Problem: On the surface, it’s a great idea and I’d like to do it myself. The sides of shipping containers aren’t designed to hold or support weight for an extended period of time. You’ll need to investigate a way to keep the pressure off the walls of the container. For an idea, read the article on using Gabion baskets to bury a shipping container.

Burying Shipping Containers: Mislead Idea # 2

Idea: I’d like to bury my container shelter completely, and have a few feet of soil on top of the unit.

Problem: Just as the walls of a shipping container aren’t designed to hold weight, neither is the roof. Shipping containers are designed to carry their weight in the corner posts, which makes stacking them easier. Think of it like this: Take a piece of plywood and stack two bricks on top of each other under each of the four corners. If you stand in the middle what happens? The result is cracked plywood. The roof of a container will do the same thing given enough time and pressure. If you are fixed on doing this you’ll need to find a way to truss out the top of the unit and keep some of the pressure off the roof, or just not bury it as deep.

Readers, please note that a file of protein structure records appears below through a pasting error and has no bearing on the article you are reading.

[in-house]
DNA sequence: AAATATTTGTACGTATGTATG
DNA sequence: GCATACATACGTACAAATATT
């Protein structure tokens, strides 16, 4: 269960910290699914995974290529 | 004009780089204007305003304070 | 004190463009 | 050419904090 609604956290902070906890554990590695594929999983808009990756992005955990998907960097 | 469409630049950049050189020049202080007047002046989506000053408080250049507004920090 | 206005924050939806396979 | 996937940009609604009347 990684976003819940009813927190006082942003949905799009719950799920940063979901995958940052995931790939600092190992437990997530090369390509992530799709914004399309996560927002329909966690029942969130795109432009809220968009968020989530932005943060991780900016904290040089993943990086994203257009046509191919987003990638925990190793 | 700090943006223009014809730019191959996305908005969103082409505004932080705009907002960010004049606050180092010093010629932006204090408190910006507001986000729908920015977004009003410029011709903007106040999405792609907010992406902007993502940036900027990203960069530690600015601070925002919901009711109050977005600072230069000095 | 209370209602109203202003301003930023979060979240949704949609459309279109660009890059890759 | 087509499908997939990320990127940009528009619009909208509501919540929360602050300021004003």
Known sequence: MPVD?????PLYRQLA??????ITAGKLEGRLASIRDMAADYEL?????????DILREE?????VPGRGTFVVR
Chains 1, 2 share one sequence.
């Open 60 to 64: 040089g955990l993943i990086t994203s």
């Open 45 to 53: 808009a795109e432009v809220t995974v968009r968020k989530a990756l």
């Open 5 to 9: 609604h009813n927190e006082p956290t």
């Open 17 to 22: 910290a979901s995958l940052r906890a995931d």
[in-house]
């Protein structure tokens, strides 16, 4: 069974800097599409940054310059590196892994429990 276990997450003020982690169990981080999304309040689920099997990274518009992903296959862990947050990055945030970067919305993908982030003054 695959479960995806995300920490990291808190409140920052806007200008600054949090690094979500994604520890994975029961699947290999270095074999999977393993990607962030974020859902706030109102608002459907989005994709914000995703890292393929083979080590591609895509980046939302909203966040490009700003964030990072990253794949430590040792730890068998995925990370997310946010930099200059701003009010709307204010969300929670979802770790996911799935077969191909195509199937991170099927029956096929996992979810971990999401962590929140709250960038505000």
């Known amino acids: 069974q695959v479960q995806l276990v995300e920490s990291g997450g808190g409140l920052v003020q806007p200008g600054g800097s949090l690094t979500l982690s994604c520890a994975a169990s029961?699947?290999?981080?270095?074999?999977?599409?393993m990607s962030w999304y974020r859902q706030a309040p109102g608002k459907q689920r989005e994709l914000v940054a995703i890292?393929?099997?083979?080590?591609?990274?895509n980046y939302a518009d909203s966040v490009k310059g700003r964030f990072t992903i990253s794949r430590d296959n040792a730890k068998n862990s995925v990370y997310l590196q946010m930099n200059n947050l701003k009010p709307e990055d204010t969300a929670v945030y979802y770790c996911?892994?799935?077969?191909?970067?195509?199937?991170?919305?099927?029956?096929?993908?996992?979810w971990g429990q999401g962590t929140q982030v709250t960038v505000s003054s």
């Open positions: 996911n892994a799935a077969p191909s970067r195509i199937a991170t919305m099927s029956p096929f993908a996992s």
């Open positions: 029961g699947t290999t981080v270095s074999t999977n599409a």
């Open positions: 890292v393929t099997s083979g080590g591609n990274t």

Retrofitting a Shipping Container: Mislead Idea #1

Idea: I’m going to buy a container, then stop over at home depot and buy a door and a couple of windows to put in it.

Problem: This can be done, but standard window and door frames aren’t designed for this use, and will require a fair amount of effort to make it work. Containers tend to flex a little, so the frames need to be sensitive to this, as does the seal of the window and the door locks. There are a few suppliers of doors and windows that are specifically designed for shipping containers. Drop us an email and we’ll send you the details (the one we use the most doesn’t have a website yet).


Using containers for a fallback or bug out shelter is a great idea, and done more frequently all the time. As with any project, a strong shipping container shelter takes planning and dedication; and the end product is very rewarding and secure. If you have any questions about buying, moving, or using shipping containers as survival shelters feel free to ask us.